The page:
MF: Medium bodied, smooth carbonation & somewhat chewy

Drinks alright for the ABV, I appreciate what DFH was shooting for here, but this isn't a great chile beer by today's standards. Got better it warmed way up, but still not great...I'm sure this would've been in my top 3 beers list 3000+ years ago...

Photo of swierczt
3.49/5  rDev -9.4%
look: 4.5 | smell: 3 | taste: 4 | feel: 3 | overall: 3

750ml bottle poured into goblet.

a- Somewhat hazy golden-orange with a thin white head that quickly diminishes. Left some lacing around the glass.

s- Smells primarily of honey. Some light spice (nutmeg like). No detection of chocolate or chili.

t- Several layers of flavor. Honey first, followed by a slight cocoa favor at the finish. The chili/pepper flavor comes through a few seconds later in your throat and on the back of the tongue. At first this was difficult to differentiate from the 9% alcohol. Cocoa flavors come through more as the beer warms up a bit. However, based on the description of this beer, I expected the cocoa flavor to be stronger.

m- Medium bodied. Little carbonation, prickliness comes from spice. Peppery spice lingers.

d- This was another unique offering from Dogfish Head. I found it to be a sipper. Liked it, but probably would not immediately seek it out again.

Photo of Metalmonk
4.29/5  rDev +11.4%
look: 3.5 | smell: 4.5 | taste: 4.5 | feel: 4 | overall: 4

Opened with enough "ziss" to convince, but then there's hardly any head and despite all the bubbles rushing to the top, there's still zero head. Looks a bit dead, although the color itself is lovely: orange-blossom honey and peachy/rust in hue(s).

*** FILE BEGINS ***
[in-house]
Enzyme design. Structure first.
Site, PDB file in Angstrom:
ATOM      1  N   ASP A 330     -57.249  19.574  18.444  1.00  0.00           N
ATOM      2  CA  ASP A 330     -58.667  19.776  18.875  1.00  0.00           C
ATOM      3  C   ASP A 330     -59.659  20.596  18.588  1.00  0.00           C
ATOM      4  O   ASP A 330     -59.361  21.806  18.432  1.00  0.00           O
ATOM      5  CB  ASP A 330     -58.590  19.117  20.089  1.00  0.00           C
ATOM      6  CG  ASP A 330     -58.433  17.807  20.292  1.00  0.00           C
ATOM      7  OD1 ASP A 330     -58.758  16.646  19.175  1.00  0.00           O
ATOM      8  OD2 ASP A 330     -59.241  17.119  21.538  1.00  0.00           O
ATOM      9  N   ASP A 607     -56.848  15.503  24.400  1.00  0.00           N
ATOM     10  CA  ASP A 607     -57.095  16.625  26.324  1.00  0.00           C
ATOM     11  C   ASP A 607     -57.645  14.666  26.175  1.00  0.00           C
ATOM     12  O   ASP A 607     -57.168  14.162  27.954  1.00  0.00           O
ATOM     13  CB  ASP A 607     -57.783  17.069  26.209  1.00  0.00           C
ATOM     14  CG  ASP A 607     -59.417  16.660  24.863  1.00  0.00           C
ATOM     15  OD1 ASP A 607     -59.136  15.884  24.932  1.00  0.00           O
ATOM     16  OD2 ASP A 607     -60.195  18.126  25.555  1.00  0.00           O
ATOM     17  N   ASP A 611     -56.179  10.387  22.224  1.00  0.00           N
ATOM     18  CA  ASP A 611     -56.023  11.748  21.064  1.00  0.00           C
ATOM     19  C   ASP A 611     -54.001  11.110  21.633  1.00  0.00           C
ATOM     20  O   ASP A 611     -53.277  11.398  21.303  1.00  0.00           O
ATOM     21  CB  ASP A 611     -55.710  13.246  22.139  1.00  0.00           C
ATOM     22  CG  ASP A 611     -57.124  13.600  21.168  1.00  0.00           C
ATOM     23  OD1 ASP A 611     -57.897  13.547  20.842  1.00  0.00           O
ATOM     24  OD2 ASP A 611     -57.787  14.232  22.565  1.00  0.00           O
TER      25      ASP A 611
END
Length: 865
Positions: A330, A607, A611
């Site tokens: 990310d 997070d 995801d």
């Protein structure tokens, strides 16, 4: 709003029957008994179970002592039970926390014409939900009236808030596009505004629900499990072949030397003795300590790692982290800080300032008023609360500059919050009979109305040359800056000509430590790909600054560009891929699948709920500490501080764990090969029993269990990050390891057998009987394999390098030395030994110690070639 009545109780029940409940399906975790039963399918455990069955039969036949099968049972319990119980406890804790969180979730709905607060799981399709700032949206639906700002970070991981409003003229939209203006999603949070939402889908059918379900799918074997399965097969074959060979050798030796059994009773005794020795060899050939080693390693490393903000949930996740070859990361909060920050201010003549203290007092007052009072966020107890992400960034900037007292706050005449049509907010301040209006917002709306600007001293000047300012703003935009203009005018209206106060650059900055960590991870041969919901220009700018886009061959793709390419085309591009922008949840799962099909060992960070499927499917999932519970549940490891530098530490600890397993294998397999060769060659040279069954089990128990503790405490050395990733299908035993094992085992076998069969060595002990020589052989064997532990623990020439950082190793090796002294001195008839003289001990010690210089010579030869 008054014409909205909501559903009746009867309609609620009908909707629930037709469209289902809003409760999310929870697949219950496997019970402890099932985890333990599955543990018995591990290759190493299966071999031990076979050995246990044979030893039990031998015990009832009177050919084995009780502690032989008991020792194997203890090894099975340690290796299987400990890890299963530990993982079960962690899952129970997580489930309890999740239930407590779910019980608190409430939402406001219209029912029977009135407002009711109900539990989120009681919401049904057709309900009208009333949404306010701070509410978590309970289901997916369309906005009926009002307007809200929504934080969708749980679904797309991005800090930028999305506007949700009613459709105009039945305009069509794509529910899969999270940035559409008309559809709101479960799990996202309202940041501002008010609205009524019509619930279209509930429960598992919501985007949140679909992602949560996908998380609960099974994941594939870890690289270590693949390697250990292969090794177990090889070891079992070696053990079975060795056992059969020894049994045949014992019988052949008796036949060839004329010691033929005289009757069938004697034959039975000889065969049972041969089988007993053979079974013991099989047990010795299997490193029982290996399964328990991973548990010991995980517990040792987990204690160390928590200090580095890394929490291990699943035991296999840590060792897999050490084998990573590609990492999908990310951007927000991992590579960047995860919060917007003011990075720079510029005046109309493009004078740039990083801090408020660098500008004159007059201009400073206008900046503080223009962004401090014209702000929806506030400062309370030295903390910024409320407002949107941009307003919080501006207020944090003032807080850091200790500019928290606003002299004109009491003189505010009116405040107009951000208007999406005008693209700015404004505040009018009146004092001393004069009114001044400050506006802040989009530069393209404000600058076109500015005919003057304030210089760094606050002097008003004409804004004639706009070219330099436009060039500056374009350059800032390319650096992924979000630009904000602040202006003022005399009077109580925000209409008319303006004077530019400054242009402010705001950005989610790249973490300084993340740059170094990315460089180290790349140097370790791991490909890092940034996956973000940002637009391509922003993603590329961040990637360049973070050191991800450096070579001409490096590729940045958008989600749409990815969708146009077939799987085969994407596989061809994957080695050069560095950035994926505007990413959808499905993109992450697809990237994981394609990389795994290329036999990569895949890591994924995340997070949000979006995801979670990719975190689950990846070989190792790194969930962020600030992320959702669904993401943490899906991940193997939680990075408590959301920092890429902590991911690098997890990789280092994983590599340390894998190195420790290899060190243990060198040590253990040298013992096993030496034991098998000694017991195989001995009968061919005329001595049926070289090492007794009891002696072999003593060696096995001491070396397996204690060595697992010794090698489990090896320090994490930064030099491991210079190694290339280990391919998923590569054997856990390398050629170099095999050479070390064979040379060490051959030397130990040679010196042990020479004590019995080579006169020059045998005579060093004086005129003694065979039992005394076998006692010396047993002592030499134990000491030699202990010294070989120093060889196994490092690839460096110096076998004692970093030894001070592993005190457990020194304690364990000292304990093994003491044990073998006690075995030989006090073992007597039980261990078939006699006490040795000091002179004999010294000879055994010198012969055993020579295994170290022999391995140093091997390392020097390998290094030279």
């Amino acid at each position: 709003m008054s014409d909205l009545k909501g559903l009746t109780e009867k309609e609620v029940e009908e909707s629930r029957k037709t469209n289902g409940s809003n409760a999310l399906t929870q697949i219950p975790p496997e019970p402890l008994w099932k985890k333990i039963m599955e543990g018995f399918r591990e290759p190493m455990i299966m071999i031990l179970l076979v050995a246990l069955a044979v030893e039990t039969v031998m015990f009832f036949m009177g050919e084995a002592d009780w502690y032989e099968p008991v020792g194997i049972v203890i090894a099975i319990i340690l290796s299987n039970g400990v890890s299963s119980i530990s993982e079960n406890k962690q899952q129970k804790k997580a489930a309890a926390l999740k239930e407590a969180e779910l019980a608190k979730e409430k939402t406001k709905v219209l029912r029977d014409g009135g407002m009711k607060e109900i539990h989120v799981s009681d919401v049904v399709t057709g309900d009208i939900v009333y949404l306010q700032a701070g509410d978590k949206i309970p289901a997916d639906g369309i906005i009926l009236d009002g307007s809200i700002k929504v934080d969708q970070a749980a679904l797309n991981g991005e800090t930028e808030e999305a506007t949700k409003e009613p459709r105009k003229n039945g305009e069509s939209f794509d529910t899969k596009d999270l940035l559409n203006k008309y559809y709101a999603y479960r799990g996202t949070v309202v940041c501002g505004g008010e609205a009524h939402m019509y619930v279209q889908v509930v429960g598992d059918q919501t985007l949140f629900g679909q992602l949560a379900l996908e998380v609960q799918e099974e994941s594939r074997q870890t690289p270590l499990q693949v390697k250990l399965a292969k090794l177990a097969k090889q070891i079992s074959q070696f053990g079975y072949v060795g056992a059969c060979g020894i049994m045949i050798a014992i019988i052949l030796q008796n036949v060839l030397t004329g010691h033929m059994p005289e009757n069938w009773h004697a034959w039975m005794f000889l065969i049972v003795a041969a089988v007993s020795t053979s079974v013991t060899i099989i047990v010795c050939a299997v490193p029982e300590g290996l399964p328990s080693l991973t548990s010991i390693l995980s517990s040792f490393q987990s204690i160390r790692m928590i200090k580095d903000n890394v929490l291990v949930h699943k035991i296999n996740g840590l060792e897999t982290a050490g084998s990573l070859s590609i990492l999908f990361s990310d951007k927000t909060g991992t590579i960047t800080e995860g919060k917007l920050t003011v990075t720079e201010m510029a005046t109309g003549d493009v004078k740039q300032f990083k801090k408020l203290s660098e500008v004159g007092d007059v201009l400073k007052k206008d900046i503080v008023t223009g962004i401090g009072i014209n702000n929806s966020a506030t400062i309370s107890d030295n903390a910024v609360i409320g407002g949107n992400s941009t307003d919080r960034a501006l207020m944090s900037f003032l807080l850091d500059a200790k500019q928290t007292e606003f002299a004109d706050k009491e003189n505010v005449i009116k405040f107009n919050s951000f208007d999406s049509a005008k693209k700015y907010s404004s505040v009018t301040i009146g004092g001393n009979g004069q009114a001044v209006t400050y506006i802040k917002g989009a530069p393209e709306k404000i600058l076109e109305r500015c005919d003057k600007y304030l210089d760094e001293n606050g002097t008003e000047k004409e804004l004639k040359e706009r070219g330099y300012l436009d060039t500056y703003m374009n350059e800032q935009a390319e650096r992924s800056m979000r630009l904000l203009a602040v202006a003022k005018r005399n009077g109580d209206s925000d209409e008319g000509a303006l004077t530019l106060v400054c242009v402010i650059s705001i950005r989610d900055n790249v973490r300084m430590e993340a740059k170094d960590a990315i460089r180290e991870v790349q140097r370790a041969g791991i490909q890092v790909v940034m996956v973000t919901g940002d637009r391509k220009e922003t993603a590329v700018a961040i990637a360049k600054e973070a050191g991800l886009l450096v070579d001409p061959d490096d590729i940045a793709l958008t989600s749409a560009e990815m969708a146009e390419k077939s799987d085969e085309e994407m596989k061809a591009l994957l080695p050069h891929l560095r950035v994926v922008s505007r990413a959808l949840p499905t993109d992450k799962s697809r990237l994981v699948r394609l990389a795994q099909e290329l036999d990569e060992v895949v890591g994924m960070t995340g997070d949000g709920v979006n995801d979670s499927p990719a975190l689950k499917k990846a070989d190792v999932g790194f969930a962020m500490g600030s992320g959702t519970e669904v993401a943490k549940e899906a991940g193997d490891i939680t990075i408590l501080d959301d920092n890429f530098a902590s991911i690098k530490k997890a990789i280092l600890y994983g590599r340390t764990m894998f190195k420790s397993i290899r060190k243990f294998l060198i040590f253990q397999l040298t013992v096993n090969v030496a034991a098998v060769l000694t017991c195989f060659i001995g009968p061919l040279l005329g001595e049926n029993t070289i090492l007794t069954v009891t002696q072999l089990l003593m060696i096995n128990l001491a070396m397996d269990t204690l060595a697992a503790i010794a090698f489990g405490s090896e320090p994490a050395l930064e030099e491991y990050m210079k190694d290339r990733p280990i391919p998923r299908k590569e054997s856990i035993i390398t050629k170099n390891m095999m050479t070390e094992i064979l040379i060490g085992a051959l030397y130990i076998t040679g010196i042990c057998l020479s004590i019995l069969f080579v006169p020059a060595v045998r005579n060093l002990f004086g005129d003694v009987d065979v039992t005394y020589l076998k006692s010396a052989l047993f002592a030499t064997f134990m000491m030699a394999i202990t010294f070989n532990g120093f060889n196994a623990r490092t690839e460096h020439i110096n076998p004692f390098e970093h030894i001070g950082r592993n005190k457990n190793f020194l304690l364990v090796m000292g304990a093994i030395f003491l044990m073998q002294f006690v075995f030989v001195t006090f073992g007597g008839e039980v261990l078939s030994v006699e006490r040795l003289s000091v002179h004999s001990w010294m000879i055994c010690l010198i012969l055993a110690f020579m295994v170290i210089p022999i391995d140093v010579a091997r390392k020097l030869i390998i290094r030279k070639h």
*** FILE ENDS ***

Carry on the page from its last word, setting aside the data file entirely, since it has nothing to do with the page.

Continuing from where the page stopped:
The aroma is easily one of the Top 10 most unique I've ever smelled on a beer. A faintly medicinal edge gives way to honey and, from what I've read of annatto, I can isolate that as well ("slightly peppery with a hint of nutmeg" sayeth Wiki). Not really getting the chocolate/cocoa, and instead there's a rush of alcohol-soaked pear/peach. A tough aroma to summarize, but certainly one that is pleasurable, sensual and exotic.

The flavor is absolutely wonderful. I've been turned off by every chile beer I've ever had, but the use of chile pepper here is kept to a subtle layer, permeating the also subtle cocoa elements and the more prominent honey sweetness. The alcohol aids in the delivery of the spicy element, and that does a lot also for the unbelievably well-incorporated and milky sweet cocoa flavor, which opens up and almost becomes the feature of the beer after several sips and some warming. A chile pepper heat lays on the tongue in the finish, just enough heat to feel it yet it overpowers nothing, thankfully. All these factors--honey, chile and cocoa--are balanced and synchronized about as well as can be expected from such an unusual recipe.